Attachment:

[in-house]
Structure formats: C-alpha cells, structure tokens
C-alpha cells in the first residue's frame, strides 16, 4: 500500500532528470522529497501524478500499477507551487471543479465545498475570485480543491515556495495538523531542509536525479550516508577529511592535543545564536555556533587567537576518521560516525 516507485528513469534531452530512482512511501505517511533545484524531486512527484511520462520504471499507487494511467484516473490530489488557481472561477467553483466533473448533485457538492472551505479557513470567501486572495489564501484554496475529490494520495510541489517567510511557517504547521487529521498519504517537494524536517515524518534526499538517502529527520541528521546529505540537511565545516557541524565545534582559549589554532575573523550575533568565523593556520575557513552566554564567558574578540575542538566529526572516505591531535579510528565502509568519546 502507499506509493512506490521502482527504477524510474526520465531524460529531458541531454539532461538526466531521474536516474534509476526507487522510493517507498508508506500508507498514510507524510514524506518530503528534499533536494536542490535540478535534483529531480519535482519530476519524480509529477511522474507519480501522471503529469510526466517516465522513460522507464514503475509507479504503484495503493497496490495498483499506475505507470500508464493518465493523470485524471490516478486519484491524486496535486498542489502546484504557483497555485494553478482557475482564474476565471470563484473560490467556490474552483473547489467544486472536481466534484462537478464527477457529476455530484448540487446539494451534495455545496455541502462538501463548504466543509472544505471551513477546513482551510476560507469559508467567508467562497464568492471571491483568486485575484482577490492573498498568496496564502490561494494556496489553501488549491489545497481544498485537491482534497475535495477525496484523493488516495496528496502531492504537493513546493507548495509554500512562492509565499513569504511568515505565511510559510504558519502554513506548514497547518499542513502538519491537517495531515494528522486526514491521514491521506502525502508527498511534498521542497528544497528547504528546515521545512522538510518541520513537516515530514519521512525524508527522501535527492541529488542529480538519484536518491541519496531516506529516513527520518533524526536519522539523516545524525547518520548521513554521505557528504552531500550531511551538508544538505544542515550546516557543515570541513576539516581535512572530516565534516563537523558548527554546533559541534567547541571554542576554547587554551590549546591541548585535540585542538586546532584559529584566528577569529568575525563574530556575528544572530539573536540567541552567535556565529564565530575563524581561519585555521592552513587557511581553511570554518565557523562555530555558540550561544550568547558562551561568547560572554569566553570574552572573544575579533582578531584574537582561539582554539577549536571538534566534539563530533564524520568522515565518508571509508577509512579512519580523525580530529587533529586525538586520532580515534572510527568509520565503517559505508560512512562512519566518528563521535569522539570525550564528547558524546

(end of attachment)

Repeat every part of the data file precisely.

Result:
[in-house]
Structure formats: C-alpha cells, structure tokens
C-alpha cells in the first residue's frame, strides 16, 4: 500500500532528470522529497501524478500499477507551487471543479465545498475570485480543491515556495495538523531542509536525479550516508577529511592535543545564536555556533587567537576518521560516525 516507485528513469534531452530512482512511501505517511533545484524531486512527484511520462520504471499507487494511467484516473490530489488557481472561477467553483466533473448533485457538492472551505479557513470567501486572495489564501484554496475529490494520495510541489517567510511557517504547521487529521498519504517537494524536517515524518534526499538517502529527520541528521546529505540537511565545516557541524565545534582559549589554532575573523550575533568565523593556520575557513552566554564567558574578540575542538566529526572516505591531535579510528565502509568519546 502507499506509493512506490521502482527504477524510474526520465531524460529531458541531454539532461538526466531521474536516474534509476526507487522510493517507498508508506500508507498514510507524510514524506518530503528534499533536494536542490535540478535534483529531480519535482519530476519524480509529477511522474507519480501522471503529469510526466517516465522513460522507464514503475509507479504503484495503493497496490495498483499506475505507470500508464493518465493523470485524471490516478486519484491524486496535486498542489502546484504557483497555485494553478482557475482564474476565471470563484473560490467556490474552483473547489467544486472536481466534484462537478464527477457529476455530484448540487446539494451534495455545496455541502462538501463548504466543509472544505471551513477546513482551510476560507469559508467567508467562497464568492471571491483568486485575484482577490492573498498568496496564502490561494494556496489553501488549491489545497481544498485537491482534497475535495477525496484523493488516495496528496502531492504537493513546493507548495509554500512562492509565499513569504511568515505565511510559510504558519502554513506548514497547518499542513502538519491537517495531515494528522486526514491521514491521506502525502508527498511534498521542497528544497528547504528546515521545512522538510518541520513537516515530514519521512525524508527522501535527492541529488542529480538519484536518491541519496531516506529516513527520518533524526536519522539523516545524525547518520548521513554521505557528504552531500550531511551538508544538505544542515550546516557543515570541513576539516581535512572530516565534516563537523558548527554546533559541534567547541571554542576554547587554551590549546591541548585535540585542538586546532584559529584566528577569529568575525563574530556575528544572530539573536540567541552567535556565529564565530575563524581561519585555521592552513587557511581553511570554518565557523562555530555558540550561544550568547558562551561568547560572554569566553570574552572573544575579533582578531584574537582561539582554539577549536571538534566534539563530533564524520568522515565518508571509508577509512579512519580523525580530529587533529586525538586520532580515534572510527568509520565503517559505508560512512562512519566518528563521535569522539570525550564528547558524546